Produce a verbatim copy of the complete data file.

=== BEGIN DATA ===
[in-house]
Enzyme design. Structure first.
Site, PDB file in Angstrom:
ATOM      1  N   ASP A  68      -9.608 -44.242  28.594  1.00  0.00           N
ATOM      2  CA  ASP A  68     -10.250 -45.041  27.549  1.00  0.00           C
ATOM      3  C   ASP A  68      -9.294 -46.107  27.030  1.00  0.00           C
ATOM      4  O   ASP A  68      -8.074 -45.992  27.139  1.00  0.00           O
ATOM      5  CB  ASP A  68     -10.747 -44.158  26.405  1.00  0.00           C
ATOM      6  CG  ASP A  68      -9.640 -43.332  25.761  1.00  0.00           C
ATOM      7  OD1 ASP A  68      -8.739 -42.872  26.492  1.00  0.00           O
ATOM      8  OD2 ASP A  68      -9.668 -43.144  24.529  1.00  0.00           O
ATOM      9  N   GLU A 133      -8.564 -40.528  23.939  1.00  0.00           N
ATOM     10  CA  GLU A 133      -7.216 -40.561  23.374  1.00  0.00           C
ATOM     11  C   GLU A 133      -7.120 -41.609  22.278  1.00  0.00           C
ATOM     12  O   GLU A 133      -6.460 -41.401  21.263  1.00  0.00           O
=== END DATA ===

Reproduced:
[in-house]
Enzyme design. Structure first.
Site, PDB file in Angstrom:
ATOM      1  N   ASP A  68      -9.608 -44.242  28.594  1.00  0.00           N
ATOM      2  CA  ASP A  68     -10.250 -45.041  27.549  1.00  0.00           C
ATOM      3  C   ASP A  68      -9.294 -46.107  27.030  1.00  0.00           C
ATOM      4  O   ASP A  68      -8.074 -45.992  27.139  1.00  0.00           O
ATOM      5  CB  ASP A  68     -10.747 -44.158  26.405  1.00  0.00           C
ATOM      6  CG  ASP A  68      -9.640 -43.332  25.761  1.00  0.00           C
ATOM      7  OD1 ASP A  68      -8.739 -42.872  26.492  1.00  0.00           O
ATOM      8  OD2 ASP A  68      -9.668 -43.144  24.529  1.00  0.00           O
ATOM      9  N   GLU A 133      -8.564 -40.528  23.939  1.00  0.00           N
ATOM     10  CA  GLU A 133      -7.216 -40.561  23.374  1.00  0.00           C
ATOM     11  C   GLU A 133      -7.120 -41.609  22.278  1.00  0.00           C
ATOM     12  O   GLU A 133      -6.460 -41.401  21.263  1.00  0.00           O